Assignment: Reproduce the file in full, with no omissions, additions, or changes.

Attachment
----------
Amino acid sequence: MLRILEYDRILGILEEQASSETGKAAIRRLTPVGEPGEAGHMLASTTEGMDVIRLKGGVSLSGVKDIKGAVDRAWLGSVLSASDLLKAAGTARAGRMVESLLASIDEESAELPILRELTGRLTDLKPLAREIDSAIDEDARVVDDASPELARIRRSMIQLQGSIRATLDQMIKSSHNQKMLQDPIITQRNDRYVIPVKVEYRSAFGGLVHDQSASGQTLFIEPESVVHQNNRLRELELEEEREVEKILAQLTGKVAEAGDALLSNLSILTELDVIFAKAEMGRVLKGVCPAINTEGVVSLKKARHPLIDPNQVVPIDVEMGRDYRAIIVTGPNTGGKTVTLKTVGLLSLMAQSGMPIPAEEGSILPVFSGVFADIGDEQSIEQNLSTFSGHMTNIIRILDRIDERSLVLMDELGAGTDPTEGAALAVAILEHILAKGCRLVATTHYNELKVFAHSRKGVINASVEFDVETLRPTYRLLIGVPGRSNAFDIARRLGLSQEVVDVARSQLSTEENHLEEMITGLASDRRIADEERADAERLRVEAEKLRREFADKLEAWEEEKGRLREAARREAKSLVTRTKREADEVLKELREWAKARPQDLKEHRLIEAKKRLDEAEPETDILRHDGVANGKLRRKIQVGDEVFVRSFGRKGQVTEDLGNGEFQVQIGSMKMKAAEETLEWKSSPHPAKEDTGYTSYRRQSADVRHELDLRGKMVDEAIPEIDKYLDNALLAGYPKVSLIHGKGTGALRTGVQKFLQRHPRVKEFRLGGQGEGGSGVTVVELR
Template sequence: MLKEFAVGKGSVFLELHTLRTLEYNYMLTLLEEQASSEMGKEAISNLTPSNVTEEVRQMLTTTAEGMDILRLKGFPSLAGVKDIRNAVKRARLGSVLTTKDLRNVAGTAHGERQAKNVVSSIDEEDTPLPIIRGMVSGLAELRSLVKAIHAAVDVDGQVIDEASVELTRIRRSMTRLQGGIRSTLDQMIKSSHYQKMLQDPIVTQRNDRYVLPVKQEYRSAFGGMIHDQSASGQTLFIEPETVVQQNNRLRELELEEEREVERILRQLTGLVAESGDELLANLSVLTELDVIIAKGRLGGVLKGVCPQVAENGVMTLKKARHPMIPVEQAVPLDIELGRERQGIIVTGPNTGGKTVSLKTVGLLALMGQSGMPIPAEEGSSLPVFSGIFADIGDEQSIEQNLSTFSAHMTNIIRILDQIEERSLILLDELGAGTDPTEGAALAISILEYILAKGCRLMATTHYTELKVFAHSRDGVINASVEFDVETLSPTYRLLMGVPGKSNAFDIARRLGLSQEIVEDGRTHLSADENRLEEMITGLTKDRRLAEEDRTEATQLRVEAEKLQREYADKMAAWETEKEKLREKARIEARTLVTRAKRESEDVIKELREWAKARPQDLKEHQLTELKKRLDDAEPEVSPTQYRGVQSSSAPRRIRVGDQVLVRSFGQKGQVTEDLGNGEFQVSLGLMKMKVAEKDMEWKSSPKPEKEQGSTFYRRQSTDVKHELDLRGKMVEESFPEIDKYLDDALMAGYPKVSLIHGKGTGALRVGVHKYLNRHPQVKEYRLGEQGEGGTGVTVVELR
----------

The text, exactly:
Amino acid sequence: MLRILEYDRILGILEEQASSETGKAAIRRLTPVGEPGEAGHMLASTTEGMDVIRLKGGVSLSGVKDIKGAVDRAWLGSVLSASDLLKAAGTARAGRMVESLLASIDEESAELPILRELTGRLTDLKPLAREIDSAIDEDARVVDDASPELARIRRSMIQLQGSIRATLDQMIKSSHNQKMLQDPIITQRNDRYVIPVKVEYRSAFGGLVHDQSASGQTLFIEPESVVHQNNRLRELELEEEREVEKILAQLTGKVAEAGDALLSNLSILTELDVIFAKAEMGRVLKGVCPAINTEGVVSLKKARHPLIDPNQVVPIDVEMGRDYRAIIVTGPNTGGKTVTLKTVGLLSLMAQSGMPIPAEEGSILPVFSGVFADIGDEQSIEQNLSTFSGHMTNIIRILDRIDERSLVLMDELGAGTDPTEGAALAVAILEHILAKGCRLVATTHYNELKVFAHSRKGVINASVEFDVETLRPTYRLLIGVPGRSNAFDIARRLGLSQEVVDVARSQLSTEENHLEEMITGLASDRRIADEERADAERLRVEAEKLRREFADKLEAWEEEKGRLREAARREAKSLVTRTKREADEVLKELREWAKARPQDLKEHRLIEAKKRLDEAEPETDILRHDGVANGKLRRKIQVGDEVFVRSFGRKGQVTEDLGNGEFQVQIGSMKMKAAEETLEWKSSPHPAKEDTGYTSYRRQSADVRHELDLRGKMVDEAIPEIDKYLDNALLAGYPKVSLIHGKGTGALRTGVQKFLQRHPRVKEFRLGGQGEGGSGVTVVELR
Template sequence: MLKEFAVGKGSVFLELHTLRTLEYNYMLTLLEEQASSEMGKEAISNLTPSNVTEEVRQMLTTTAEGMDILRLKGFPSLAGVKDIRNAVKRARLGSVLTTKDLRNVAGTAHGERQAKNVVSSIDEEDTPLPIIRGMVSGLAELRSLVKAIHAAVDVDGQVIDEASVELTRIRRSMTRLQGGIRSTLDQMIKSSHYQKMLQDPIVTQRNDRYVLPVKQEYRSAFGGMIHDQSASGQTLFIEPETVVQQNNRLRELELEEEREVERILRQLTGLVAESGDELLANLSVLTELDVIIAKGRLGGVLKGVCPQVAENGVMTLKKARHPMIPVEQAVPLDIELGRERQGIIVTGPNTGGKTVSLKTVGLLALMGQSGMPIPAEEGSSLPVFSGIFADIGDEQSIEQNLSTFSAHMTNIIRILDQIEERSLILLDELGAGTDPTEGAALAISILEYILAKGCRLMATTHYTELKVFAHSRDGVINASVEFDVETLSPTYRLLMGVPGKSNAFDIARRLGLSQEIVEDGRTHLSADENRLEEMITGLTKDRRLAEEDRTEATQLRVEAEKLQREYADKMAAWETEKEKLREKARIEARTLVTRAKRESEDVIKELREWAKARPQDLKEHQLTELKKRLDDAEPEVSPTQYRGVQSSSAPRRIRVGDQVLVRSFGQKGQVTEDLGNGEFQVSLGLMKMKVAEKDMEWKSSPKPEKEQGSTFYRRQSTDVKHELDLRGKMVEESFPEIDKYLDDALMAGYPKVSLIHGKGTGALRVGVHKYLNRHPQVKEYRLGEQGEGGTGVTVVELR